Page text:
A series taking place in the team's original setting of the wartime 1940s called All-Star Squadron (1981-1987) featured the JSA frequently along with several other Golden Age superheroes. This led to a spin-off, contemporary series entitled Infinity Inc. (1983-1988) which starred the children and heirs of the JSA members. Both series were written by noted JSA fan Roy Thomas and featured art by Rich Buckler, Jerry Ordway, Todd McFarlane and others.

Meanwhile, the JSA continued their annual team-ups with the Justice League. Notable events included meeting the Fawcett Comics heroes, including Shazam (JLA #135-137), the death of Mr. Terrific (#171-172), and an explanation for why Black Canary hadn't aged much despite debuting in the 1940s (#219-220). Arguably the best-ever JLA/JSA team-up came in #195-197, in which the two teams had to contend with a reformed Secret Society of Super-Villains, lavishly drawn by George Pérez.

File:JSAgoldenage post-Crisis.gif
The post-Crisis version of the JSA's Golden Age roster.

In 1985, DC retconned many details of the DC Universe in Crisis on Infinite Earths. Among the changes, the Golden Age Superman, Batman and Robin, and Wonder Woman ceased to exist, and the Earth-One/Earth-Two dichotomy was resolved by merging the multiverse into a single universe. This posed a variety of problems for the JSA, whose history---especially in the 1980s comics---was strongly tied up in these four characters. The resulting confusion led to seemingly more time spent trying to resolve the problems than tell good stories, and soon both All-Star Squadron and Infinity Inc. were cancelled.

The JLA/JSA team-ups ended during the Crisis with Justice League of America #244.

Notable Modern Age, Pre-Crisis Appearances

New Modern Age Members

Post-Crisis

File:JSAnewseries.jpg
Various modern-day (post-Crisis) members of the Justice Society of America.

One of Roy Thomas' efforts to resolve the Crisis-created inconsistencies was to introduce some analogues to Superman, Batman and Wonder Woman, in a sequel to All-Star Squadron entitled The Young All-Stars (1987 to 1989). The series was dogged by rotating artists and didn't last long.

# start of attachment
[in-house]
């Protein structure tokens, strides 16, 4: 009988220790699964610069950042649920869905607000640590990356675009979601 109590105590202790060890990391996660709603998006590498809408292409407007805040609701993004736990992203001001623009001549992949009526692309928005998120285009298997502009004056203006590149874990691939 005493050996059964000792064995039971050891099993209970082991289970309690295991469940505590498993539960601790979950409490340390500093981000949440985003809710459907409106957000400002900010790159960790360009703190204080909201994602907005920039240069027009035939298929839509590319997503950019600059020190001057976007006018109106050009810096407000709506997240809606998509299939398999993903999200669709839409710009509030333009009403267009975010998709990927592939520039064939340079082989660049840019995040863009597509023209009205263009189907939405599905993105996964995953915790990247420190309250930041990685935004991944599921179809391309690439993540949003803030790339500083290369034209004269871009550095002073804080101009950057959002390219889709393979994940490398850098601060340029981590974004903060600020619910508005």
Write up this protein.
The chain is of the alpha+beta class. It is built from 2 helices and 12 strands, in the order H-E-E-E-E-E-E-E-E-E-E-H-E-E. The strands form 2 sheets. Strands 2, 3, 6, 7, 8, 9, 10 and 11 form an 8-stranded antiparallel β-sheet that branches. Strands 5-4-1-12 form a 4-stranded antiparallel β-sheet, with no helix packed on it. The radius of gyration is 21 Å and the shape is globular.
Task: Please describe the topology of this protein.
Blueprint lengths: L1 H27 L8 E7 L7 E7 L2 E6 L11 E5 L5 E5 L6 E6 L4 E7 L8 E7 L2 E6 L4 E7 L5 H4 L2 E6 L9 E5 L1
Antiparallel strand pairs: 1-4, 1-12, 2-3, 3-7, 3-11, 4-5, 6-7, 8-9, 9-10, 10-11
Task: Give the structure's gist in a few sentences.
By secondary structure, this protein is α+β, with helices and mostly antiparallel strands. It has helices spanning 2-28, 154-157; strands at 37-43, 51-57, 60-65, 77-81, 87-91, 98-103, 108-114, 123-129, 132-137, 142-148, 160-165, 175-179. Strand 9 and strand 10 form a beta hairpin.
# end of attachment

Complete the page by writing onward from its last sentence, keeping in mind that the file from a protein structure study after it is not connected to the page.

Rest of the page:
Meanwhile, DC apparently decided that the time had come to write off the JSA from active continuity. A 1986 one-shot issue called The Last Days of the Justice Society involved the JSA battling the forces of evil while merged with the Norse gods in an ever-repeating Ragnarok (written by Thomas, with art by David Ross and Mike Gustovich). Only Power Girl, The Star-Spangled Kid, The Spectre and Dr. Fate survived the cataclysm.

Thomas also revised the JSA's origin for post-Crisis continuity in Secret Origins #31.

Fan interest, however, resulted in DC bringing back the JSA in the early 1990s, though an 8-issue limited series (1991) followed by a 10-issue ongoing series (1992) could not revive enough interest in the team to keep sales up, and sometime after the latter series was cancelled most of the team was killed off in a controversial 1994 crossover series called Zero Hour. James Robinson's series Starman, however, brought new attention to the JSA legacy. The JSA was once again revived in 1999 in a critically and popularly acclaimed series which mixed the few remaining original members with younger counterparts, and which is still being published as of 2005.

Notable Post-Crisis Appearances

New Post-Crisis Members

File:JSA Pacheco.jpg
The current JSA roster. Art by Carlos Pacheco.

Most of these members are from the current JSA series. A few heroes have been retconned after the Crisis as having been members (e.g., Miss America as a replacement for Wonder Woman--though it is not clear if this particular retcon is still valid--see below). Others were honorary members at some point but it is not clear whether they became full members (e.g., Johnny Quick or Hawkgirl Shiera Sanders), and they haven't been listed as members in this article.

Trivia

  • The first two issues of All-Star Comics were anthology issues featuring separate stories of mostly the same heroes.
  • Hawkman is the only member to appear in every JSA adventure in the original run of All-Star Comics. The Atom missed two issues.
  • The entire original run of All-Star Comics has been collected in hardcover volumes in DC's series of Archive Editions. Although the volumes run $49.95 each, this is considerably less than the original issues now cost.

References

External links